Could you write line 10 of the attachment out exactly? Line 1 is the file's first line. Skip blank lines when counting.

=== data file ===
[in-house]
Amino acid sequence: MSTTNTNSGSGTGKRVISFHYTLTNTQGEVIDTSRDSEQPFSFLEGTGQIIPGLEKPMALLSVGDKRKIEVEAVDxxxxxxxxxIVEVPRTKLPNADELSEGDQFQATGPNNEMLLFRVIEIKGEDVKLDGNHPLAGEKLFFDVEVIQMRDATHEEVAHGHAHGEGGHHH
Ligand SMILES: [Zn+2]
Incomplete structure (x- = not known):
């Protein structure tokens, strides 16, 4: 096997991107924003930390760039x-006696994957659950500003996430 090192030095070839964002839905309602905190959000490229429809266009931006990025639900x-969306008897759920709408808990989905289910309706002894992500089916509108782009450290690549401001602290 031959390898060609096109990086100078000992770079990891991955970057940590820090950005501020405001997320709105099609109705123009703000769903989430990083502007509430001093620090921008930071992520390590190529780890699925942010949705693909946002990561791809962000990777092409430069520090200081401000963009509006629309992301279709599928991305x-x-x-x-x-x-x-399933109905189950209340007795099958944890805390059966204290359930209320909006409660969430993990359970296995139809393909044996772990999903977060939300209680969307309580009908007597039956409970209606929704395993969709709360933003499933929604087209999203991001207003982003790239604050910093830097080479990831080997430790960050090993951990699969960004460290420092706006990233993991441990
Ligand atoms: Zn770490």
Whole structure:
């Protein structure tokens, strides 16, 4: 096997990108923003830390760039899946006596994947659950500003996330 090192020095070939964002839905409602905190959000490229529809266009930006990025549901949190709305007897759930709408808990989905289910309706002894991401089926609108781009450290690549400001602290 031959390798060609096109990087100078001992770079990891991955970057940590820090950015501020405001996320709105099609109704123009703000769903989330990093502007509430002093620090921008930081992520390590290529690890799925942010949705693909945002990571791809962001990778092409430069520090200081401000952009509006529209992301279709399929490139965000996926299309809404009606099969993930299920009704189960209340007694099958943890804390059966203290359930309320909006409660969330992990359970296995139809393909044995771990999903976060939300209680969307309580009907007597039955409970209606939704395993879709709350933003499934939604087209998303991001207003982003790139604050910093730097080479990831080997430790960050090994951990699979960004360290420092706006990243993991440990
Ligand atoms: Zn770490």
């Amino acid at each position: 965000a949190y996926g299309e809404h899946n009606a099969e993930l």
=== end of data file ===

């Amino acid at each position: 965000a949190y996926g299309e809404h899946n009606a099969e993930l």